Israel Seeks Re-incarceration of Seven Jerusalemites Freed in Shalit Swap

Palestinian prisoners, freed in Gilad Shalit prisoner-exchange deal, violated terms of presidential pardon, attorney general says.

Nir Hasson
Nir Hasson
Send in e-mailSend in e-mail
Palestinian prisoners cross to the southern Gaza Strip on October 18, 2011 upon their release from Israeli prisons under a deal to free abducted Israeli soldier Gilad Shalit.
Palestinian prisoners cross to the southern Gaza Strip on October 18, 2011 upon their release from Israeli prisons under a deal to free abducted Israeli soldier Gilad Shalit.Credit: AFP / Haaretz archive
Nir Hasson
Nir Hasson

Attorney General Yehuda Weinstein issued a request Tuesday morning to re-incarcerate all seven Palestinian prisoners from Jerusalem who were released in the 2011 swap for captive Israel Defense Forces soldier Gilad Shalit. The seven were taken into custody over the last week within the framework of Israel's Opperation Brother's Keeper.

The request submitted to the ministerial committee overseeing the release of security prisoners at the Haifa District Court states that each one of the prisoners has violated his terms of release and must be returned to jail to serve his original sentence.

All the requests are based on confidential information submitted to the court without the presence of the prisoners' lawyers.

The Jerusalem residents released in the Shalit deal were released in a legal process separate from those arrested and tried in the West Bank. The Jerusalemites, who have permanent residency status in Israel, were released by presidential pardon. Within that context, each one signed an agreement stating that he was prohibited from "being affiliated with a terror organization or illegal association of any kind; to not be involved or support or assist any act of terror or violence."

They were also barred from entering the West Bank or flying abroad for a period of three years.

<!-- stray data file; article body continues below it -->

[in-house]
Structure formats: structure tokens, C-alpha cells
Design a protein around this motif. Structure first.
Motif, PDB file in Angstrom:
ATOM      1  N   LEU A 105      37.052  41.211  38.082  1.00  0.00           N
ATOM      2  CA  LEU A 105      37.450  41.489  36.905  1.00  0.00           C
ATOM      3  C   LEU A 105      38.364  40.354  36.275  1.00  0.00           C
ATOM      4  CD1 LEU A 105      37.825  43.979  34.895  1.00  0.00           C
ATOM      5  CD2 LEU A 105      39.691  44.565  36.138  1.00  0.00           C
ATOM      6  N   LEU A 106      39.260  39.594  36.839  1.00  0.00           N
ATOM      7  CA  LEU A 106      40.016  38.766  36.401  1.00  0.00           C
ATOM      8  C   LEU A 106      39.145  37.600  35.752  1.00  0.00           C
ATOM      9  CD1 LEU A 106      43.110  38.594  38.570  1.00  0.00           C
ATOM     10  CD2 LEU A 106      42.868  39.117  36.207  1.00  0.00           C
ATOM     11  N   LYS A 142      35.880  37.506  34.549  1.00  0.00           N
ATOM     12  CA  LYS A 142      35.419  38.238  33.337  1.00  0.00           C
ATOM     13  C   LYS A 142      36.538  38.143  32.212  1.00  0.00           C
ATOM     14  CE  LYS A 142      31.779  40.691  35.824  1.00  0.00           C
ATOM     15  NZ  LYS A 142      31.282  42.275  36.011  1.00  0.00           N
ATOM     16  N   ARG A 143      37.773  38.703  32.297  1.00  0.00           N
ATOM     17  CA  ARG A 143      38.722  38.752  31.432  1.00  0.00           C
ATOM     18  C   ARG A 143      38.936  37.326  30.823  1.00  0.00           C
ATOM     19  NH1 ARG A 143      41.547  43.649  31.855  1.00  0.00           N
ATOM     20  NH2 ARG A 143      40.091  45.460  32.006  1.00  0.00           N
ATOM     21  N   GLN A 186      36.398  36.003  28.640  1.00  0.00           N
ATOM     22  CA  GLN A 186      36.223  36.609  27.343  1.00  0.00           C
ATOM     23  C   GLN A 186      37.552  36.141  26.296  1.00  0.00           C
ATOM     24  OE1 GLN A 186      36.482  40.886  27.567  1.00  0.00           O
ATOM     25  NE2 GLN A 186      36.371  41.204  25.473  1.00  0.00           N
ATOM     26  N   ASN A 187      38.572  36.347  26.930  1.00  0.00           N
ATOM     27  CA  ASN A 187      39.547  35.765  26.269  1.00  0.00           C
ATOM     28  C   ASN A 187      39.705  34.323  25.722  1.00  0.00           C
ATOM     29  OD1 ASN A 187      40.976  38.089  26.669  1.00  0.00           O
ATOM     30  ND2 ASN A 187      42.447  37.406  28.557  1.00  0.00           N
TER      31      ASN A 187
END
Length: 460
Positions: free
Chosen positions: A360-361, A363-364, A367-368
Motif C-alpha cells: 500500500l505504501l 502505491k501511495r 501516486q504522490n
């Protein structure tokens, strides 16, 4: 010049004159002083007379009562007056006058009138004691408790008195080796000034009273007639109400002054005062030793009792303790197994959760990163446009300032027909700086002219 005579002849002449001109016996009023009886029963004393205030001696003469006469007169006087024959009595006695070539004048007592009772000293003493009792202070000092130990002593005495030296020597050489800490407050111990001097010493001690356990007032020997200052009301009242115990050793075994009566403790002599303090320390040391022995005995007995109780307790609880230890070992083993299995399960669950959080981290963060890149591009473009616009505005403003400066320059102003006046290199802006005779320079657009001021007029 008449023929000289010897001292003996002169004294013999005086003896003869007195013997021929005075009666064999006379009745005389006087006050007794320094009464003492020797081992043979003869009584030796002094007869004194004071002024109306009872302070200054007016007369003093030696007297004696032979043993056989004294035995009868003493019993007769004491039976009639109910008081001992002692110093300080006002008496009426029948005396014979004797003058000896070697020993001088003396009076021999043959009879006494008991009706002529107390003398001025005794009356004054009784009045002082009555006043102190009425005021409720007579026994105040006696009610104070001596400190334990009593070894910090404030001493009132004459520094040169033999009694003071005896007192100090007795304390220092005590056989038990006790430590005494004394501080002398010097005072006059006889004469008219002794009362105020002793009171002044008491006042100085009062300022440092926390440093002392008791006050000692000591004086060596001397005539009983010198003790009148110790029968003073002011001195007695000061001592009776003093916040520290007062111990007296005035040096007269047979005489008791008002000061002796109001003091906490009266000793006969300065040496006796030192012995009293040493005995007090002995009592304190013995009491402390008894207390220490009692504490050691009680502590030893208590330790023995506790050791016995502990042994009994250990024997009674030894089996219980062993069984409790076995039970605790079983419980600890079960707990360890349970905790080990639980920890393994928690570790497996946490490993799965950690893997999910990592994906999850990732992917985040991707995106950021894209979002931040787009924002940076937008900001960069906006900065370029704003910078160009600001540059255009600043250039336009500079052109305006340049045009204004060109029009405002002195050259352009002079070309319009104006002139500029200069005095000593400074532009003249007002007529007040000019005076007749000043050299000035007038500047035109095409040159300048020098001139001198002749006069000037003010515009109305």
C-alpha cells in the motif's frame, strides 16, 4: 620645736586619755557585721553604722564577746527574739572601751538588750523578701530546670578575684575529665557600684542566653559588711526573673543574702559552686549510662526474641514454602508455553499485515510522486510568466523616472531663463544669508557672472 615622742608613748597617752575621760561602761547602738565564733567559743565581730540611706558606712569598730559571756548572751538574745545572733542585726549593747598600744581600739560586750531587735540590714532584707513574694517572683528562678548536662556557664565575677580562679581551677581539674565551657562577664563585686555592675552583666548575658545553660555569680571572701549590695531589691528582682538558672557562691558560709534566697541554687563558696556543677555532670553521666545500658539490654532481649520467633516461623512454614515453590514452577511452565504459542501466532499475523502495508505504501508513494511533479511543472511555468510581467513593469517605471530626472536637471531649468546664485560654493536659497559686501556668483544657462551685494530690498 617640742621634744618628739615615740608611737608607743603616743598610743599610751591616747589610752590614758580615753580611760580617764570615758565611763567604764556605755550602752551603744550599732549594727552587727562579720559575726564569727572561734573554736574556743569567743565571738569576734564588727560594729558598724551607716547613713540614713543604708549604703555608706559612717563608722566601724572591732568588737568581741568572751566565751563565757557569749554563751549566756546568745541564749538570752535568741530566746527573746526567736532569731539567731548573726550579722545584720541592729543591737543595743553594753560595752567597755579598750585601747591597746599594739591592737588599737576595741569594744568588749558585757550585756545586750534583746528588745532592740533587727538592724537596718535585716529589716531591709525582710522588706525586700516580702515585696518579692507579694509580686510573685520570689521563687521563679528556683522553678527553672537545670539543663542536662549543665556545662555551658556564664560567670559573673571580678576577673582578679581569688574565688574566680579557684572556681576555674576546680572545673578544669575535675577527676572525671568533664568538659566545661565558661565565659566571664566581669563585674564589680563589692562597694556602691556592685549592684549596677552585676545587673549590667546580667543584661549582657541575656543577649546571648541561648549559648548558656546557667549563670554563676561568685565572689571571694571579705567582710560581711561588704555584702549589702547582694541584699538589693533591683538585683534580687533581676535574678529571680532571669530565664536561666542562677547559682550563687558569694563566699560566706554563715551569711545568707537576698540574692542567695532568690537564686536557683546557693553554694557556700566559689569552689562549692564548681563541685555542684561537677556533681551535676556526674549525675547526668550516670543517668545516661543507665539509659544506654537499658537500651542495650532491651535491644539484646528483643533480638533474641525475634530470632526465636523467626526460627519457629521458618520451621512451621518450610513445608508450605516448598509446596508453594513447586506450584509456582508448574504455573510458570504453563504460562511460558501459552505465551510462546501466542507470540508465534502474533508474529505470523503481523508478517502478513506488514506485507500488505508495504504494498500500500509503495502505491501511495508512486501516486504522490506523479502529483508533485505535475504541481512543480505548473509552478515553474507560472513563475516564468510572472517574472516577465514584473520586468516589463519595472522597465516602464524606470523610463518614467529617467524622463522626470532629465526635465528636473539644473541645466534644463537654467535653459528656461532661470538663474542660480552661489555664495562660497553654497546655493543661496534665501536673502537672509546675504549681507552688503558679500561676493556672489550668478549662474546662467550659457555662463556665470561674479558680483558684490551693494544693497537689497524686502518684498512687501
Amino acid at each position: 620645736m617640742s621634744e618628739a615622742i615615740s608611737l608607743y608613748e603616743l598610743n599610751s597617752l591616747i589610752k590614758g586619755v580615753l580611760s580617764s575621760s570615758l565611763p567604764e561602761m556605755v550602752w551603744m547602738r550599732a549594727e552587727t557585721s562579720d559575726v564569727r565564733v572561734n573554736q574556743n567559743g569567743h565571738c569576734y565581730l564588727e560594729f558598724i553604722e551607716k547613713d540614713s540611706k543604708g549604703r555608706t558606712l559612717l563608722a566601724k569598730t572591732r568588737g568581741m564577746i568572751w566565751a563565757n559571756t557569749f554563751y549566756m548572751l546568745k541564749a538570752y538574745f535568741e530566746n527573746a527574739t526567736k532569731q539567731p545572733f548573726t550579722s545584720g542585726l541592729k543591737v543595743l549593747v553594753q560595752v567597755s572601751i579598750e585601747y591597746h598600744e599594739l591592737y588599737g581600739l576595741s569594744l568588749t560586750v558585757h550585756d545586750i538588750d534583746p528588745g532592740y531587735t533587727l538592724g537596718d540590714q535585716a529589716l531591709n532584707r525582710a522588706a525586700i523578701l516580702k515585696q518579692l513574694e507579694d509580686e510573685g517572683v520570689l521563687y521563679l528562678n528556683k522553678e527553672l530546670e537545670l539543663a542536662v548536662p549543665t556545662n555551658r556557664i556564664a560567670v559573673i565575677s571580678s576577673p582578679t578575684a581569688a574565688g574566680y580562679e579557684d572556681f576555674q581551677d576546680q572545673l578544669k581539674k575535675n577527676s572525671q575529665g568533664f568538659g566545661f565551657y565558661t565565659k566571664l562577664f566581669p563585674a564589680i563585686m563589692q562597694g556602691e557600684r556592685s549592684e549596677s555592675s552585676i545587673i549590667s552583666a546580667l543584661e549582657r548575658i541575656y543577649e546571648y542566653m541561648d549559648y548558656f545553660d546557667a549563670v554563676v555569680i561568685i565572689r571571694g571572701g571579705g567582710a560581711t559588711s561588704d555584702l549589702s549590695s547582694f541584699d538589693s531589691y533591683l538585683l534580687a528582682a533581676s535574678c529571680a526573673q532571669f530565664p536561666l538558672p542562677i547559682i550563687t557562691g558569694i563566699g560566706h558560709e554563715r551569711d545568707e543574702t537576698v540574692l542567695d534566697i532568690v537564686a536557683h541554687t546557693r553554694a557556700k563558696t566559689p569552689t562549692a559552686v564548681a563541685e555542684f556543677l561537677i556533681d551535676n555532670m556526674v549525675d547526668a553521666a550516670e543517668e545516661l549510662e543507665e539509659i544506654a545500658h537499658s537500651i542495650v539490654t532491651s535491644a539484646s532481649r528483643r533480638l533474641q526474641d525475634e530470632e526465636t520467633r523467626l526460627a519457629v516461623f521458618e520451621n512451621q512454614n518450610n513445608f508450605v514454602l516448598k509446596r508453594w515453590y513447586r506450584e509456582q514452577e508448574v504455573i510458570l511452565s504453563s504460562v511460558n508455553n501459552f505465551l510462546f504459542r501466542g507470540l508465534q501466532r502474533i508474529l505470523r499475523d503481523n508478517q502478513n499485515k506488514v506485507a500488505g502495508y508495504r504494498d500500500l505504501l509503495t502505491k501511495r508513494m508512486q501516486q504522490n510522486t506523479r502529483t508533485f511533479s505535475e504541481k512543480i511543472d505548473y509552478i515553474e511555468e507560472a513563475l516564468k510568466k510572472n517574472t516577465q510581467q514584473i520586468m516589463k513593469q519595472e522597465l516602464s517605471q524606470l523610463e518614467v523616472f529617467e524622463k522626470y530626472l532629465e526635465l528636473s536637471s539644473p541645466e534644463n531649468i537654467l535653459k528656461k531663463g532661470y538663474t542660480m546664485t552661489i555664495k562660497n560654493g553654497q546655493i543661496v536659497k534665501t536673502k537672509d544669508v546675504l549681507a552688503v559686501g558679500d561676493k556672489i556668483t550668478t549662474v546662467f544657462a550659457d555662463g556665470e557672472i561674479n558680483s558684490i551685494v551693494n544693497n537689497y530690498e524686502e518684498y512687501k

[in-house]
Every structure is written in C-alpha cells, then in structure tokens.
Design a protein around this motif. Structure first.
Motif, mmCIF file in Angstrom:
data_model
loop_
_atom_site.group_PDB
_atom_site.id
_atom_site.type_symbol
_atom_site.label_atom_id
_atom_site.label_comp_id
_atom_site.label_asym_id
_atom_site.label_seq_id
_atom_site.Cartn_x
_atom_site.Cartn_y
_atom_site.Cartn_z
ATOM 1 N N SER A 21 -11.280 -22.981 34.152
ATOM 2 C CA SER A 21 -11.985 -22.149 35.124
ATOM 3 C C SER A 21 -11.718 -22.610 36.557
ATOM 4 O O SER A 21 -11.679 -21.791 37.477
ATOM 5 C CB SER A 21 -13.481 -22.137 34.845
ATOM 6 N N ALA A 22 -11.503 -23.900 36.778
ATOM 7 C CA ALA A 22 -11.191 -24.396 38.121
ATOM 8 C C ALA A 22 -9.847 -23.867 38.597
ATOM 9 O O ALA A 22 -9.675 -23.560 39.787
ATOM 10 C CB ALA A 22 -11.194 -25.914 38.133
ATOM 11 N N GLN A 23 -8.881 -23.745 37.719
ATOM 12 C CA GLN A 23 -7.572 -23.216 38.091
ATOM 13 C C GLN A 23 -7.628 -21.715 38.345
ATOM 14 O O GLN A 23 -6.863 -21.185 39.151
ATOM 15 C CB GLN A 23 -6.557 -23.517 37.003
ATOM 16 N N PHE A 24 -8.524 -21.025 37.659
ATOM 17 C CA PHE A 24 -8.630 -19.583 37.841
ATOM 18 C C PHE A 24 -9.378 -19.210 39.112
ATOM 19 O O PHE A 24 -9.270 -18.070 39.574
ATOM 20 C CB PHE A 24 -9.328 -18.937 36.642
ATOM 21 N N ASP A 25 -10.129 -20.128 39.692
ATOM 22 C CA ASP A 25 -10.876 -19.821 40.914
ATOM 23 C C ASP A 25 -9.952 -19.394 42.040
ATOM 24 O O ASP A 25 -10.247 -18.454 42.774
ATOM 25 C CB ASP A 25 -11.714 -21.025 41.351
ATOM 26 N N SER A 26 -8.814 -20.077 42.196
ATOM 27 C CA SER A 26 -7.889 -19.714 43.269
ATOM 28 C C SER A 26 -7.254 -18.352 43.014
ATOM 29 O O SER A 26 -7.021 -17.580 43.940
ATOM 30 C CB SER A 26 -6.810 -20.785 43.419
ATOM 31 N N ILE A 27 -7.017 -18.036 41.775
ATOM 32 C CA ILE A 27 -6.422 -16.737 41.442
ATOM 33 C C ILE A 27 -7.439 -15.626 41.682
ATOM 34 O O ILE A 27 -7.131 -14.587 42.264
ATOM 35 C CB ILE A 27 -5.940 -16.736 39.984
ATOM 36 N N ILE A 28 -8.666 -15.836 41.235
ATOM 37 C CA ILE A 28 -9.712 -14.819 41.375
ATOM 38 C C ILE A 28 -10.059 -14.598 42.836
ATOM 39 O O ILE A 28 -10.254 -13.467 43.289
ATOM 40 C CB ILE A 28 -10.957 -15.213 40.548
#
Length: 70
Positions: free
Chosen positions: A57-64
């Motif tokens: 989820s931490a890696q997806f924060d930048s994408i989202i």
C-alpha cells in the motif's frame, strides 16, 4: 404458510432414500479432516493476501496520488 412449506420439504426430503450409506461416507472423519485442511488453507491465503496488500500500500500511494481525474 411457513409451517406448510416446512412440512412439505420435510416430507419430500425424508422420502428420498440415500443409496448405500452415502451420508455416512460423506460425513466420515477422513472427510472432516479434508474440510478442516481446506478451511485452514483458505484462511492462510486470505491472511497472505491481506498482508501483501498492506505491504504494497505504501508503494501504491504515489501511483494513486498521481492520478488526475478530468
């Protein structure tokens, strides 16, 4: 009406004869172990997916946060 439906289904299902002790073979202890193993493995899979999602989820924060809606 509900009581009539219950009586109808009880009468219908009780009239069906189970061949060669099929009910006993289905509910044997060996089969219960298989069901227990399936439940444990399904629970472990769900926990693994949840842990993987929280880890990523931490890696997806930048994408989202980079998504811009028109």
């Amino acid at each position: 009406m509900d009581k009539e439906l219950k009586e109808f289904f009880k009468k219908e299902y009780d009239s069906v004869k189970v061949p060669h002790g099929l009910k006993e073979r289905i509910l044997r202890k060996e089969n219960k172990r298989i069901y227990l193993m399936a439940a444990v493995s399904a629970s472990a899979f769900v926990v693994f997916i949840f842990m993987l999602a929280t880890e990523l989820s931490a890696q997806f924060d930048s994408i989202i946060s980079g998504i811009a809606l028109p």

The attorney general's request states that the prisoners are in violation of the terms they committed to.

"Within the framework of the Shalit deal, hundreds of extremely dangerous prisoners were released whose heavy sentences were shortened in an extraordinary step as a result of Hamas' blackmailing of the state. As such, any breach of their terms of release – whether big or small - will be treated with utmost severity," the state prosecutors wrote in their request.

Click the alert icon to follow topics:

Comments

SUBSCRIBERS JOIN THE CONVERSATION FASTER

Automatic approval of subscriber comments.

Subscribe today and save 40%

SUBSCRIBE
Already signed up? LOG IN

ICYMI

Palestinians search through the rubble of a building in which Khaled Mansour, a top Islamic Jihad militant was killed following an Israeli airstrike in Rafah, southern Gaza strip, on Sunday.

Gazans Are Tired of Pointless Wars and Destruction, and Hamas Listens to Them

Trump and Netanyahu at the White House in Washington, in 2020.

Three Years Later, Israelis Find Out What Trump Really Thought of Netanyahu

German soldier.

The Rival Jewish Spies Who Almost Changed the Course of WWII

Rio. Not all Jewish men wear black hats.

What Does a Jew Look Like? The Brits Don't Seem to Know

Galon. “I’m coming to accomplish a specific mission: to increase Meretz’s strength and ensure that the party will not tread water around the electoral threshold. If Meretz will be large enough, it will be the basis for a Jewish-Arab partnership.” Daniel Tchetchik

'I Have No Illusions About Ending the Occupation, but the Government Needs the Left'

Soldiers using warfare devices made by the Israeli defense electronics company Elbit Systems.

Russia-Ukraine War Catapults Israeli Arms Industry to Global Stage